What can DC and Marvel take away from this? First, if you want a lot of new customers for the digital format, then you need to open up the back catalog. At one point Marvel released a series of DVD’s that had all the back issues for certain characters and teams, i.e. The Avengers, Spider-Man, Hulk and Fantastic Four. All the files were in PDF format (http://en.wikipedia.org/wiki/Portable_Document_Format), and most impressively were DRM (http://en.wikipedia.org/wiki/Digital_rights_management) free. That last item is very important and is a major problem for all media content creators, but we will just focus on what that means to comic book collectors.

If you go to the DC App and buy Catwoman #22, you own it, kind of. You app authorizes you to read it, and enjoy it, but you never actually have a file to call your own. For example if you cannot authenticate with the DC App server that you bought the issue, then you can’t read it.  We all know that technology has come a long way, but Digital Rights Management is a disaster waiting to happen, ask the early adopters of the latest SimCity game, (http://www.policymic.com/articles/29213/simcity-drm-always-online-mode-results-in-disaster-for-gamers).  To this day they are having major issues with DRM. Indeed that same issue almost awaited XBOX 1 early adopters. Microsoft had developed what some considered to be a very intrusive “always” on mode for the XBOX, which would have meant that unless the system could have authenticated that you owned the game you are playing, it would have shut it down. (http://techcrunch.com/2013/06/19/microsoft-heeds-gamer-feedback-dumps-xbox-one-drm-restrictions/).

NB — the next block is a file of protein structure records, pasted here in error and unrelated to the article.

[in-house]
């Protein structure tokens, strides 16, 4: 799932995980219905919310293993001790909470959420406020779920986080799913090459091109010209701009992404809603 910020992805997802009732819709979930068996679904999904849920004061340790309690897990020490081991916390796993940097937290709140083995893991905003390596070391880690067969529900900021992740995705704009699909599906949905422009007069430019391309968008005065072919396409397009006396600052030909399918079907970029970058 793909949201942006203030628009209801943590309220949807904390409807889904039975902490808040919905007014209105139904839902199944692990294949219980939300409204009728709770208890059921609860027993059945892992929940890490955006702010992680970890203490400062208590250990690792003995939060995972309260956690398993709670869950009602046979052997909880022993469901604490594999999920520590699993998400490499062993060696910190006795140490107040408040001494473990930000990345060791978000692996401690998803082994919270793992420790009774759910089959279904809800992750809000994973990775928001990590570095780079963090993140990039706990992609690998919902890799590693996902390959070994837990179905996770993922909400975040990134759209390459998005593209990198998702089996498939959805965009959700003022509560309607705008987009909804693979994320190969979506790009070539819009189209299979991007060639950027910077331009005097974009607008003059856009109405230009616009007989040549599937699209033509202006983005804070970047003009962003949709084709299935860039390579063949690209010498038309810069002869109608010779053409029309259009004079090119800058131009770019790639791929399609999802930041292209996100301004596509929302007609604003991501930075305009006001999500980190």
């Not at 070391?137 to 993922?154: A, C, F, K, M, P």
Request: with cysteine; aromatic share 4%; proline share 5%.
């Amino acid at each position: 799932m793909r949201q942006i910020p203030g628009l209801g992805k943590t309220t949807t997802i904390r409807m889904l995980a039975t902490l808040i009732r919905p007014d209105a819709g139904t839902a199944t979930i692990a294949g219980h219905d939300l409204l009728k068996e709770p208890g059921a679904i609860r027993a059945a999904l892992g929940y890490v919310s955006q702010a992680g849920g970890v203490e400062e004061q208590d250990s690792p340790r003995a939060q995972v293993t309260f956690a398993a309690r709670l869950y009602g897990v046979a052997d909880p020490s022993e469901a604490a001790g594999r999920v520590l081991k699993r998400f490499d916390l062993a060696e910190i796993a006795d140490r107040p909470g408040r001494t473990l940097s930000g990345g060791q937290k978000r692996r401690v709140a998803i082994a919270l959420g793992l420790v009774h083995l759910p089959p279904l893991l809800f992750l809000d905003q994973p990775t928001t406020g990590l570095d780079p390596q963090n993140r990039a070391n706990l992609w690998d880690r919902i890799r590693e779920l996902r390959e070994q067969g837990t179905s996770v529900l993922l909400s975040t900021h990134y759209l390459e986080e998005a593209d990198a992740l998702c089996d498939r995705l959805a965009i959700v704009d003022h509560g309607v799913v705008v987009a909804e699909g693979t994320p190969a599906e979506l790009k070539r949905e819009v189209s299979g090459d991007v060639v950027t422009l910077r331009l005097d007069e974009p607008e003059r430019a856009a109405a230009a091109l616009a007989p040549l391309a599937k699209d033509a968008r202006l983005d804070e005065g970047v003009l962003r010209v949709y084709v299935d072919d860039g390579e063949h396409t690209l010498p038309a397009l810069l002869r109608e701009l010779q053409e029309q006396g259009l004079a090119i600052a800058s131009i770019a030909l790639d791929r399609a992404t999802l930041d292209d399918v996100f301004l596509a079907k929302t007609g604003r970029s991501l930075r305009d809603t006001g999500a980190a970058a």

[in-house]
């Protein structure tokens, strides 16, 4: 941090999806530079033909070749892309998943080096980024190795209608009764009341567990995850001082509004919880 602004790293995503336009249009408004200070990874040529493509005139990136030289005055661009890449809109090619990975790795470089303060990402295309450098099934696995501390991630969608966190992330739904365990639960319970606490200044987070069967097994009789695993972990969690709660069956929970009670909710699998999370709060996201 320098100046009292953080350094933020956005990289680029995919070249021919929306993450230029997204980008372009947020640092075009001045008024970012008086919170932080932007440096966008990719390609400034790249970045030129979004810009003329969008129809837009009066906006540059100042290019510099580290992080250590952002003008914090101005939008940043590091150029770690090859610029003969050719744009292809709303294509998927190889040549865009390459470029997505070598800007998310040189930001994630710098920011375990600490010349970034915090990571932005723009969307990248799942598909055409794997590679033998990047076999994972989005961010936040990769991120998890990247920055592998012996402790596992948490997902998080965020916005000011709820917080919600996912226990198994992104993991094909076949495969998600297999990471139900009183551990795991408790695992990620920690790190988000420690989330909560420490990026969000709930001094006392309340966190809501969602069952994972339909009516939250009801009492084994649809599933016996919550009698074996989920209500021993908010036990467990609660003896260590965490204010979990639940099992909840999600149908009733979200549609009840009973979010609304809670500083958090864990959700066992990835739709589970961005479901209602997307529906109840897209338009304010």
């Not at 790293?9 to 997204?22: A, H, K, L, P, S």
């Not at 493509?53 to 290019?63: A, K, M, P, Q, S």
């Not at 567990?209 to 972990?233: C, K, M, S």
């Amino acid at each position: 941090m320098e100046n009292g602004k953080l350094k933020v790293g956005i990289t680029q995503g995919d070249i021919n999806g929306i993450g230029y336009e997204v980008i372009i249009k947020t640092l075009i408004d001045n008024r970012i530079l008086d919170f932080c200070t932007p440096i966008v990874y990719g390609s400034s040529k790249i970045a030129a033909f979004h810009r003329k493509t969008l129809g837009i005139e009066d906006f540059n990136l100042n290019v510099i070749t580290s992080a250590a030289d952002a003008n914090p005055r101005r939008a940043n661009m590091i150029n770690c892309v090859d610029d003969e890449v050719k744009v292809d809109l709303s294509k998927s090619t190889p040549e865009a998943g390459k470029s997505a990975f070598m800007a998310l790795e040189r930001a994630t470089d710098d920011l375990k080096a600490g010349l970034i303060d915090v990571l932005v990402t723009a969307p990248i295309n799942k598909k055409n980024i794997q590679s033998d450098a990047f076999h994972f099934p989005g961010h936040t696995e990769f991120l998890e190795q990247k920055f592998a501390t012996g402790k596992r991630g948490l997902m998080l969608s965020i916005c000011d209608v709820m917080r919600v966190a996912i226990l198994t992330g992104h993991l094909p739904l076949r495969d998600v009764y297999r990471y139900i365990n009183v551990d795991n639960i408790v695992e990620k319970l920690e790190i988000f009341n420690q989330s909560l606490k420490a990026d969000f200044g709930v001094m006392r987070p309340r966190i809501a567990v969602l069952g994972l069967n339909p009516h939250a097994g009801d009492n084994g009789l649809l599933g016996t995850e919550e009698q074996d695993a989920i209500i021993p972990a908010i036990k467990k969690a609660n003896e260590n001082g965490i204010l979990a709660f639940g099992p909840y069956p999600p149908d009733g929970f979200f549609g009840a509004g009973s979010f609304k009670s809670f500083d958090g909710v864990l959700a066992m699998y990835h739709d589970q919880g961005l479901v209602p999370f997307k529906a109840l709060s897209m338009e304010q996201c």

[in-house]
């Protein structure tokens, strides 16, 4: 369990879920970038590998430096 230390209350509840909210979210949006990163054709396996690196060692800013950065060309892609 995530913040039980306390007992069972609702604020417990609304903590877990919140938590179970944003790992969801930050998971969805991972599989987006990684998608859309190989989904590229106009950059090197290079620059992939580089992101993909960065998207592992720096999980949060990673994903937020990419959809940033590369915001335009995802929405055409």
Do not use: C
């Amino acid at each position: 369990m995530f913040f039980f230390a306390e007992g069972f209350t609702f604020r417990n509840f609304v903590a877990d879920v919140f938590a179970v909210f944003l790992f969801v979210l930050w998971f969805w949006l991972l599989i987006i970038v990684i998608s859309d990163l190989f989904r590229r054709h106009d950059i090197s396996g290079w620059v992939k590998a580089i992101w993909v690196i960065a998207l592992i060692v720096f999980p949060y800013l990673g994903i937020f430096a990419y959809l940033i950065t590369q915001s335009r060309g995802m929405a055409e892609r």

So we now have 2 things that a back issue digital library of comics needs to be, it needs to have a depth of back issues, and it needs to be DRM free.  Image comics just announced that it is doing away with DRM on all its comics in the Image store (http://www.theverge.com/2013/7/2/4488112/image-comics-launches-drm-free-online-store). That is a huge move and hopefully will push the big 2 in that direction. But there is one other component that needs to happen before a back issue library of comic books will be adopted by the collectors market, it needs to be cheap, dirt cheap.